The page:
The defendants in the antitrust tranche of a multi-district litigation concerning the January short squeeze have responded to the amended complaint filed by the plaintiffs in this case.

Let’s recall that, according to the plaintiffs, this case is about individual investors who invested their money in the stock market and were stripped of their rights to control their own investments. The traders accuse the defendants and other market players of hatching an anticompetitive scheme to restrict Retail Investors’ access to the stock market and prevent the market from operating freely and fairly.

According to the traders, the defendants did so to protect each other, and to stop the hemorrhaging losses incurred by the Market Maker Defendants as a result of their accumulation of large short positions.

On October 5, 2021, the defendants in the antitrust tranche: Citadel Securities, LLC, Apex Clearing Corporation, ETrade Financial Holdings, LLC, ETrade Securities LLC, Electronic Transaction Clearing, Inc., Interactive Brokers, LLC, PEAK6 Investments LLC, Robinhood Financial LLC, Robinhood Markets, Inc., Robinhood Securities, LLC, filed a reply to the Corrected Consolidated Class Action Complaint” (“CCAC”). The document, seen by FX News Group, also serves as support to defendants’ motion to dismiss.

The defendants argue that the plaintiffs have utterly failed to plead a cognizable antitrust claim that can survive a motion to dismiss. According to the defendants, what is missing from the complaint are, inter alia,

  1. sufficient factual allegations of any agreement between any Defendants (let alone among all of them) to restrict trading in any security;

  2. any attempt to identify any benefit that any of the brokers (self-clearing or otherwise) received from allegedly restricting trading to help Citadel Securities; or

  3. any plausible explanation for how a conspiracy arose that resulted in the members imposing disparate restrictions on disparate sets of stocks, while at the same time other brokers not alleged to be part of the conspiracy and/or now voluntarily dismissed from the case took similar steps.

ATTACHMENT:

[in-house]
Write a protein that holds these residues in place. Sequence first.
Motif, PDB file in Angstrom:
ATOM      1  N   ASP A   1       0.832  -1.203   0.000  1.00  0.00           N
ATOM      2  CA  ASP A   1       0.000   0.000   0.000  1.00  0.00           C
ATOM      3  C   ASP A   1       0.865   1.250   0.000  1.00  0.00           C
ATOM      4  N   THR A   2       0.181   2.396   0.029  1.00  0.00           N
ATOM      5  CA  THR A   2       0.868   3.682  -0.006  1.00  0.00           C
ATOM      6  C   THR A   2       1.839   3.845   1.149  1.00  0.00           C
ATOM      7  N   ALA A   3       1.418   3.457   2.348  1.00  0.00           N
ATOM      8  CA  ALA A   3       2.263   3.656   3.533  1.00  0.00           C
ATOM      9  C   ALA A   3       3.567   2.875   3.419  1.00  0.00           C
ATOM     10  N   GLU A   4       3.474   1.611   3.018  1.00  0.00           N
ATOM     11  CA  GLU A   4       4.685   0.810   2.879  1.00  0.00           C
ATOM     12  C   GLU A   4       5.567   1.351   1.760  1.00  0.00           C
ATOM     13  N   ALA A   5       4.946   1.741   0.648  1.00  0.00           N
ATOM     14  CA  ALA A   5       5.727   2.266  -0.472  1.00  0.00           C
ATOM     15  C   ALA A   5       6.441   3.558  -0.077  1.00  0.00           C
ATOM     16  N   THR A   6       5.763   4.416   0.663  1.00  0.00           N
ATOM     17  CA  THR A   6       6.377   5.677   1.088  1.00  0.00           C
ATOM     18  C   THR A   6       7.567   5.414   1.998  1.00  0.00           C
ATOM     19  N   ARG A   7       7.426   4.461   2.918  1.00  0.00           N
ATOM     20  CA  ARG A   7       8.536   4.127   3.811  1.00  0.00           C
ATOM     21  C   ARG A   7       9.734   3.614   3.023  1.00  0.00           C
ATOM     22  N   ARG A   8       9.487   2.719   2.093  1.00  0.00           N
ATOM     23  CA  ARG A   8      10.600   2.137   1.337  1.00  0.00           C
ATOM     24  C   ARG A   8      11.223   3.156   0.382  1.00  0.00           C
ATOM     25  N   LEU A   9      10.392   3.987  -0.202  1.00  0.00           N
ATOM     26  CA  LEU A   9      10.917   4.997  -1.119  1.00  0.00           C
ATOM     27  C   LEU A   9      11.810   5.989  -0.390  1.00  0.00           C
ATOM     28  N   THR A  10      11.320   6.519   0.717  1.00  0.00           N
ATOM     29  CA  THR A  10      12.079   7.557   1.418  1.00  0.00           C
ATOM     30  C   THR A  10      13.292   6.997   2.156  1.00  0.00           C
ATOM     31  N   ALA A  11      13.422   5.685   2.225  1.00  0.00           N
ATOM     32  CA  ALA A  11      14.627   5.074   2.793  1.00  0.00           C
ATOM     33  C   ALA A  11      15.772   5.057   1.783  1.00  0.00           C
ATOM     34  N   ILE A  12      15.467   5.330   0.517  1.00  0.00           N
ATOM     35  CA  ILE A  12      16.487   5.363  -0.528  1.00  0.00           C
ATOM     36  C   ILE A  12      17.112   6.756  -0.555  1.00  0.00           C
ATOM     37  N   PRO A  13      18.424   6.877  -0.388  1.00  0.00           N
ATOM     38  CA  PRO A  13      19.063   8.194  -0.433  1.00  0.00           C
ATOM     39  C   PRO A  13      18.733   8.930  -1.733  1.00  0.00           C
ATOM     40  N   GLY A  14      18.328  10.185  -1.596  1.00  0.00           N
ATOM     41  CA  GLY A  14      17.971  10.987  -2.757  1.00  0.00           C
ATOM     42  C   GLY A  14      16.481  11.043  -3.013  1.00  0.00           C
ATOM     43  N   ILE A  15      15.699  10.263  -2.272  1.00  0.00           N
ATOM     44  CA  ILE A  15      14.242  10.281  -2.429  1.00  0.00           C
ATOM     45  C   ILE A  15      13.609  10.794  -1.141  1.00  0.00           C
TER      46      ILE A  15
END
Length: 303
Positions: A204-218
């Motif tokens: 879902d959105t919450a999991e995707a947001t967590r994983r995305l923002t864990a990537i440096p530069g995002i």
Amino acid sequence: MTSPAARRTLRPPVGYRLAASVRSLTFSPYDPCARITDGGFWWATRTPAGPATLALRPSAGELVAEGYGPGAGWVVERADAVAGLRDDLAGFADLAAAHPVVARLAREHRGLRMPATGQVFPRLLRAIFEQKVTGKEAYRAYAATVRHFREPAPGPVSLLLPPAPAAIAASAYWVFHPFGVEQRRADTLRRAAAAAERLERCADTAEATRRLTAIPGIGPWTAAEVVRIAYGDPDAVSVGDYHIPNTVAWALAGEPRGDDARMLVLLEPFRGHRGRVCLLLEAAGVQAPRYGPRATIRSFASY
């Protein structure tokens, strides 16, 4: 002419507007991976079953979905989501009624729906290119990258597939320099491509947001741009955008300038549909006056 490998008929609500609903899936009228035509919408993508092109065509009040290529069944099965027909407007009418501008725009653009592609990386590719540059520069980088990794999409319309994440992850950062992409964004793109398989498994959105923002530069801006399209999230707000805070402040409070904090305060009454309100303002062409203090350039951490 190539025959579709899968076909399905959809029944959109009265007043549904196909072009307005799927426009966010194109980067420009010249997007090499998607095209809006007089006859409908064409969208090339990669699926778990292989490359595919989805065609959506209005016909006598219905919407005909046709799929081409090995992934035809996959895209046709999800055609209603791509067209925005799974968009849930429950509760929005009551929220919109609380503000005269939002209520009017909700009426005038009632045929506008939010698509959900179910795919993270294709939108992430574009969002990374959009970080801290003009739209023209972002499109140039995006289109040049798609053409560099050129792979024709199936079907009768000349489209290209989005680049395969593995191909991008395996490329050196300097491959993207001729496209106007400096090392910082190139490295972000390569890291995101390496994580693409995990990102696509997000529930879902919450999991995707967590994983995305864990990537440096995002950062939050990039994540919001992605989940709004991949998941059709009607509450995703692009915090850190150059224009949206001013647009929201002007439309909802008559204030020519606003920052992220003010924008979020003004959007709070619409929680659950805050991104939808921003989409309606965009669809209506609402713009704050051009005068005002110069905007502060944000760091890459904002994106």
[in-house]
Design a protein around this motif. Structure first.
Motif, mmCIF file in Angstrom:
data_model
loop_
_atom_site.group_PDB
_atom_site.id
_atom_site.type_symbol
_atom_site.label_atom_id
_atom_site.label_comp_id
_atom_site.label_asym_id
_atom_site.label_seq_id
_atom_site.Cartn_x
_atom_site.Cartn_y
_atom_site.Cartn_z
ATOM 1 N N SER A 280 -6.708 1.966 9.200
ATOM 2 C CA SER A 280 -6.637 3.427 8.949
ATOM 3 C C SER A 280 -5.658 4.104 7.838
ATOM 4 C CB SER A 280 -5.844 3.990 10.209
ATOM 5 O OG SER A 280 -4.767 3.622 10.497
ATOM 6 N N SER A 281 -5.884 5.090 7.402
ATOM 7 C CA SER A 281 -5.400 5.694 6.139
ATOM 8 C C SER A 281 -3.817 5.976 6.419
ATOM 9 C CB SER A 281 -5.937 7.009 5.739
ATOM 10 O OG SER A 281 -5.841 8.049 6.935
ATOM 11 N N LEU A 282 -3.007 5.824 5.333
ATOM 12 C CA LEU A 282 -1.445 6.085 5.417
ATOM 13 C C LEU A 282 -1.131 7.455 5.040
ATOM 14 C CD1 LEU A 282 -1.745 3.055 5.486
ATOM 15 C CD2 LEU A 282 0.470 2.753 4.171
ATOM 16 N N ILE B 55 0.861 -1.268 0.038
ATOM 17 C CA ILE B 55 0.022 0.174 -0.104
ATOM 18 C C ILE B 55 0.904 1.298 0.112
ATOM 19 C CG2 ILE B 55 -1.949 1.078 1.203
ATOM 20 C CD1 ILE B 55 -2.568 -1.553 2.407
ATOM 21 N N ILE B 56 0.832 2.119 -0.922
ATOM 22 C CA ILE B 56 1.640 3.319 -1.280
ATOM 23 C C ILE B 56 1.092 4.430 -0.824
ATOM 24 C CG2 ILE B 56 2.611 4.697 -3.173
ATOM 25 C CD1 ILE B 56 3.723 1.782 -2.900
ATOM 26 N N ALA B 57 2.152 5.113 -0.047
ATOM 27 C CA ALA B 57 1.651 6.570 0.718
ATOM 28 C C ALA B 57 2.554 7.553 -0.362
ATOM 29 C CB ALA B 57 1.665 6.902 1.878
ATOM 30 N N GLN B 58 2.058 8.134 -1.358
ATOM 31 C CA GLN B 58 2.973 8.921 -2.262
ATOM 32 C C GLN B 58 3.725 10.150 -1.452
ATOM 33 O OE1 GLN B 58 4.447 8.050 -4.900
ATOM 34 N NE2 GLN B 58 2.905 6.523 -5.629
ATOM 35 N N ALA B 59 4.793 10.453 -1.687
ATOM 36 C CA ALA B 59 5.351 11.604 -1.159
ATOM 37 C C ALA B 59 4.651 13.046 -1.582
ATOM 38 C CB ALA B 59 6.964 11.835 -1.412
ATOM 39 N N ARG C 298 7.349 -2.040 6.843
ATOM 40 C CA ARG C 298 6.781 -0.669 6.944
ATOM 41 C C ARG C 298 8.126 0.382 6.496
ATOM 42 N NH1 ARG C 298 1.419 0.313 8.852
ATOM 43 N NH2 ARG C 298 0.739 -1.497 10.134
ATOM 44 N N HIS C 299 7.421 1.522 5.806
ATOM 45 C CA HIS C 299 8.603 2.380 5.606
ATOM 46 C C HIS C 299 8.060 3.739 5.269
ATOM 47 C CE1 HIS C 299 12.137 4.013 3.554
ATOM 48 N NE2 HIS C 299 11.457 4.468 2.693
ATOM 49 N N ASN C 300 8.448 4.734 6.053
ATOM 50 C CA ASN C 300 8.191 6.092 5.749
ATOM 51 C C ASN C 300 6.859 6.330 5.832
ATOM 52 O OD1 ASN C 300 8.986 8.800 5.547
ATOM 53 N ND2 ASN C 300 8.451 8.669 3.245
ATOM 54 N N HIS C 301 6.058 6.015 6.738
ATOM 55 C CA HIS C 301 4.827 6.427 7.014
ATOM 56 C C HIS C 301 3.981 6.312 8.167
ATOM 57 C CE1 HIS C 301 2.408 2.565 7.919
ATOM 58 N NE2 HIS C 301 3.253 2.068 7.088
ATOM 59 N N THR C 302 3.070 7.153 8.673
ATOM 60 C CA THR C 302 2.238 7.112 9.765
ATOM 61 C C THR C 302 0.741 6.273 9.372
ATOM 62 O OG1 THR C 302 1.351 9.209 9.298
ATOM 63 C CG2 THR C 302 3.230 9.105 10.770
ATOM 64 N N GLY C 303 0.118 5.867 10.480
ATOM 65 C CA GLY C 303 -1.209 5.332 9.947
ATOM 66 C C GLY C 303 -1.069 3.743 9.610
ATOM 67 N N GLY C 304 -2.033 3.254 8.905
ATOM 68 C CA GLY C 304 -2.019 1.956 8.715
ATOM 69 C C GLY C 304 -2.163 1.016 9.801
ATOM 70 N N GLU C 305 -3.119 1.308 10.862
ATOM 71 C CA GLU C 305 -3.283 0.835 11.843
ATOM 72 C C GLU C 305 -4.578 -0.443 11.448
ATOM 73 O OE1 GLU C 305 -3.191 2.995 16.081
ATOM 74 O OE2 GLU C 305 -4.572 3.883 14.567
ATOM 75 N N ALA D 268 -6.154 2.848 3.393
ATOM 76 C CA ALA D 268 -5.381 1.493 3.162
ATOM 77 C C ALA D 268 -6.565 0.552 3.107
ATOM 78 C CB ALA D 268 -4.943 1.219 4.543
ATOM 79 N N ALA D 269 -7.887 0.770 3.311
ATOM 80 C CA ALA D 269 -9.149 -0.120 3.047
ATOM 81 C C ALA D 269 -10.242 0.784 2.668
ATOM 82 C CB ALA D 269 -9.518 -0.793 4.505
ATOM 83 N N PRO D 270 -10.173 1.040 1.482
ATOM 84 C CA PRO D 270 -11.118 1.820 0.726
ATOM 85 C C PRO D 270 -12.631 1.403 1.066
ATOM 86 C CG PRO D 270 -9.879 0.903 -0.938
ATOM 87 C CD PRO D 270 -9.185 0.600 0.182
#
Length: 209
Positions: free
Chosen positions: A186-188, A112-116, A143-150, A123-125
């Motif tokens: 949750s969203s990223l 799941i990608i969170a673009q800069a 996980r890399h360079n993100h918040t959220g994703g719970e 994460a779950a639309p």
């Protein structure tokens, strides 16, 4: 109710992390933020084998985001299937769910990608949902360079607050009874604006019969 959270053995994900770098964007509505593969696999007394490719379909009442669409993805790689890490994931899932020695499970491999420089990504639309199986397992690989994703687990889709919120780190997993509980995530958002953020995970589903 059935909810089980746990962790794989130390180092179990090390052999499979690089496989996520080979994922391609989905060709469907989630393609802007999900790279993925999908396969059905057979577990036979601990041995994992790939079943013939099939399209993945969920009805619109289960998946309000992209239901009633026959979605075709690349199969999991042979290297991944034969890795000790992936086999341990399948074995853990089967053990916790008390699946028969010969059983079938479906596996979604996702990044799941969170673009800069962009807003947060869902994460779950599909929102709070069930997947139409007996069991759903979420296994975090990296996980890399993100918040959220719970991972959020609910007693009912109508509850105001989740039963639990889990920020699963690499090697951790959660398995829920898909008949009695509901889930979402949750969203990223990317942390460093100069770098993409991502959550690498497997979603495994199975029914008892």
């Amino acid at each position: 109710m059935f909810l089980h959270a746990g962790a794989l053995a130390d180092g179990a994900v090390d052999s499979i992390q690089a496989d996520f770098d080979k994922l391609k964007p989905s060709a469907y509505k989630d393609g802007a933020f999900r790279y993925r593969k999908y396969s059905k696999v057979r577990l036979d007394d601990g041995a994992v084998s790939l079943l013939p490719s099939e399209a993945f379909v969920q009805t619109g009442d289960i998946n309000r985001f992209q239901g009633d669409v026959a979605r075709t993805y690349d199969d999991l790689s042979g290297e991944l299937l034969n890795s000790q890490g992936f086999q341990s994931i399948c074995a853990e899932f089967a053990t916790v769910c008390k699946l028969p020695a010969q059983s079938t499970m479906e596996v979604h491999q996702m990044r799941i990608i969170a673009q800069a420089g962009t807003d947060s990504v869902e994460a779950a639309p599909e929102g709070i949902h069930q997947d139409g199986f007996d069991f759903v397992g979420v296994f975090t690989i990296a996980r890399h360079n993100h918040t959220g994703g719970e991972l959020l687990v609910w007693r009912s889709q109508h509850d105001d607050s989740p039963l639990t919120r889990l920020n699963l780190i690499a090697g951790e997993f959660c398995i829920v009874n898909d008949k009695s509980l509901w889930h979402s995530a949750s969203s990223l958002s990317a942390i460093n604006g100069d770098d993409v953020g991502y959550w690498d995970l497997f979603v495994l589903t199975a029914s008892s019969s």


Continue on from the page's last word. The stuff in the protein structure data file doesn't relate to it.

According to the defendants, the facts alleged in the CCAC give rise to only one plausible explanation:

“in the face of unprecedented market volatility spurred on by internet speculation, various brokers, including non-Defendants, acted independently to protect the integrity of the marketplace and their customers’ ability to trade broadly in securities by implementing a variety of temporary trading restrictions that differed in duration and scope, tailored to each of their circumstances”.

The defendants note that it is clear that the communications cited by the plaintiffs do not evidence any agreement at all, let alone the anticompetitive agreement Plaintiffs ask the Court to infer. The communications between Robinhood and Citadel Securities (and among Robinhood employees about Citadel Securities) do not contain or indicate any agreement to restrict trading in any security, the defendants say.

The defendants add that the complaint is devoid of any allegation of any communications (let alone any agreement) between: (1) Citadel Securities and Apex, (2) Citadel Securities and Interactive Brokers, (3) Citadel Securities and any (now dismissed) Introducing Broker Defendants, (4) Robinhood and E*TRADE, (5) Robinhood and Interactive Brokers, (6) Robinhood and any (now dismissed) Introducing Broker Defendants, (7) Apex and E*TRADE, (8) Apex and Interactive Brokers, (9) E*TRADE and Interactive Brokers, (10) E*TRADE and any (now dismissed) Introducing Broker Defendants, and (11) Interactive Brokers and any (now dismissed) Introducing Broker Defendants.

In short, the defendants say that the cited communications show only that some defendants have pre-existing business relationships. The fact that they would communicate during the relevant time is not only unremarkable, it is in fact fully expected, the defendants explain.